Virtual currency bitcoin received some good news on Friday with one of the most prominent exchanges in the world resuming trading after a clampdown by the People's Bank of China (PBoC) in December.
BTC China is the longest-standing bitcoin trading platform in China and was until recently the world's largest bitcoin exchange, according to Bitcoinity.org. In December the company decided to stop accepting trades denominated in the yuan due to pressure on third-third party payment processor from the country's central bank.
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However, Bobby Lee, CEO of BTC China told CNBC via telephone that the decision has now been reversed, just in time for the Chinese New Year holidays.
"Everything is hunky dory," he told CNBC. "Essentially the government never disallowed it."
(Read More: Bitcoin price halves as China clampdown escalates)
In December, China's central bank ordered third-party payment agencies - which provide clearing services for bitcoin exchanges - to stop any "custody, trading and other services" related to the virtual currency. The platforms were told to end working relationships with virtual currency exchanges before the end of January.
BTC China operated a voucher system in the interim to allow users to redeem their cash, allowing investors to change their bitcoin back into yuan. However, Lee revisited the ruling by the PBoC and determined that the warning was solely for banks and payment processors.
He told CNBC that the PBoC was actually implying that bitcoin exchanges just needed to register with the Ministry of Industry and Information Technology (MIIT), essentially recognizing currency exchanges as a business category and a legitimate business.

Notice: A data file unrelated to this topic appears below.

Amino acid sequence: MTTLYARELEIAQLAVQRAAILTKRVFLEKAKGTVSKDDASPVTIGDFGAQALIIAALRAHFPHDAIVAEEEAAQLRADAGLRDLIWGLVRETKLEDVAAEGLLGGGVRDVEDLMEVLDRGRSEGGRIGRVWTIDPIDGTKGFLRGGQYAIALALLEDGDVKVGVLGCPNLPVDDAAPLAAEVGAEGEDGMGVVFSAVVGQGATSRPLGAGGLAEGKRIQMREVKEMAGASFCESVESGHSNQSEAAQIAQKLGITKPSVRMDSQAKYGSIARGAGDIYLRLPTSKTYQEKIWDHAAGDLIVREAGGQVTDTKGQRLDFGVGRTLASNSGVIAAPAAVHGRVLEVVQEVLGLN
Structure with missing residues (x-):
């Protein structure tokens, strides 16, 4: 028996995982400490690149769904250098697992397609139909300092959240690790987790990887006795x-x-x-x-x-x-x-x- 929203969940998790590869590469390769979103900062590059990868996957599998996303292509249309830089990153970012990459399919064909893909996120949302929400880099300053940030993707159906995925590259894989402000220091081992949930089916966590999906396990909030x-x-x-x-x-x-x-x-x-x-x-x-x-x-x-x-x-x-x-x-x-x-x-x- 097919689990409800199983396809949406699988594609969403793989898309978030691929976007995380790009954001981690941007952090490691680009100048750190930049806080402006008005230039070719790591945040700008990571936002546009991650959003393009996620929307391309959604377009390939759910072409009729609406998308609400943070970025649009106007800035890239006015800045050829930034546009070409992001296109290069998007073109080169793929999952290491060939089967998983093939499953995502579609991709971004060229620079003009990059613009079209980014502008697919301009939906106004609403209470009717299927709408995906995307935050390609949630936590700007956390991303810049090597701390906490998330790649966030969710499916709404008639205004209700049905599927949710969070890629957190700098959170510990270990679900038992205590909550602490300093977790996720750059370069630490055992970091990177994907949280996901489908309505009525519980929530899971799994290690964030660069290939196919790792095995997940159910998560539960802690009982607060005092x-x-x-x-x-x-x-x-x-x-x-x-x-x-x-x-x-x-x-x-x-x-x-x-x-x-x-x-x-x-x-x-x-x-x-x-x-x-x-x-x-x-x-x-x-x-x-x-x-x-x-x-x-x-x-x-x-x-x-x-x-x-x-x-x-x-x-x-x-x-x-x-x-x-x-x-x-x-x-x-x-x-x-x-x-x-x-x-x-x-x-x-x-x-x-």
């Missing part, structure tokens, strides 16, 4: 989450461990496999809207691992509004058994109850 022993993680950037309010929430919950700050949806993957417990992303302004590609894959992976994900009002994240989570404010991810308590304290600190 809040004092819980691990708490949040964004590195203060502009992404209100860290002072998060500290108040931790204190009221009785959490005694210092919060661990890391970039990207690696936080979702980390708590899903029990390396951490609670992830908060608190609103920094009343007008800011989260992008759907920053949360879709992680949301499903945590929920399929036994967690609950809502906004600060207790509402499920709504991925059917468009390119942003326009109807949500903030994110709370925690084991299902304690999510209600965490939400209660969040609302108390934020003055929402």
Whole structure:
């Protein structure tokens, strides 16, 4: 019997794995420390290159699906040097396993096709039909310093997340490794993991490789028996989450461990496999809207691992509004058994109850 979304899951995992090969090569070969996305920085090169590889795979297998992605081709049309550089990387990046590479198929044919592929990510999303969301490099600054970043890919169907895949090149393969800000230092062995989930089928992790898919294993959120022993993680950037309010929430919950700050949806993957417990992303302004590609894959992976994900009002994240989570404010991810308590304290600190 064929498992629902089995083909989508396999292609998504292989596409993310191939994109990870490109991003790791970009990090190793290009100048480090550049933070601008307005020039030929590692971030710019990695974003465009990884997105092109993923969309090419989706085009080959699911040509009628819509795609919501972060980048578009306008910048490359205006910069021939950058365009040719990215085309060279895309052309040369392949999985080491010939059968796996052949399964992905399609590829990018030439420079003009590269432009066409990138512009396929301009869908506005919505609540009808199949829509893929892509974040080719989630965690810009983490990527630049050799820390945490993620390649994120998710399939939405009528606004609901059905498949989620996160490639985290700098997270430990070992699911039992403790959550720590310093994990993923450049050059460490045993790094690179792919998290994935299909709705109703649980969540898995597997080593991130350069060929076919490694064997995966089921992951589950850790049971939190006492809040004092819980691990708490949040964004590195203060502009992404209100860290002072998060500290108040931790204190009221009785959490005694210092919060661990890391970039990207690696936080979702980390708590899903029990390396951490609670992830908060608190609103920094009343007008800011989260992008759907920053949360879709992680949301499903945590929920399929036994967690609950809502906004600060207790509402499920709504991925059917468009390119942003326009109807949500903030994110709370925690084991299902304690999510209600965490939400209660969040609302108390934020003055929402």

(Read more: Bitcoin crashes 20% on China clampdown fears)
BTC China is now accepting yuan deposits via its corporate bank account, but is still not working with the third-party payment processors. Lee said that the deposits meant that trades are a little more "cumbersome" and take a little longer.
When the news of the Chinese clampdown in December broke, the price of a bitcoin fell to below $600 and stabilized near $800 for most of December and January. Despite this week's news, the price hasn't seen any upside. On Friday the currency was trading at $929 on major exchange Mt Gox and $849 on CoinDesk's index, which measures a basket of prices around the world.
This lack of movement, according to Lee, is because of the "chilling effect" that the PBoC had on bitcoin in China. He said that trading volume in China has dropped since December and doesn't expect it to suddenly reverse. He believed that these third-party processors had lost a sizeable chunk of their business due to the ruling, but hoped that in the long term a more formal regulatory statement from the PBoC could allow the two sectors to work together once again.
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Nonetheless, the stark warning of the volatility of bitcoin from the central bank in December was positive in many aspects, he added, with customers in China now more wary of the cryptocurrency.
"People should use their judgment with bitcoin," he said. "And they should recognize the volatility".
Bitcoin is a "virtual" currency that allows users to exchange online credits for goods and services. While there is no central bank that issues them, bitcoins can be created online by using a computer to complete difficult tasks, a process known as mining. Some 12 million bitcoins are believed to be in circulation, with a cap of 21 million — meaning no more bitcoins can be created after that point.
— CNBC.com's Matt Clinch. Follow him on Twitter @mattclinch81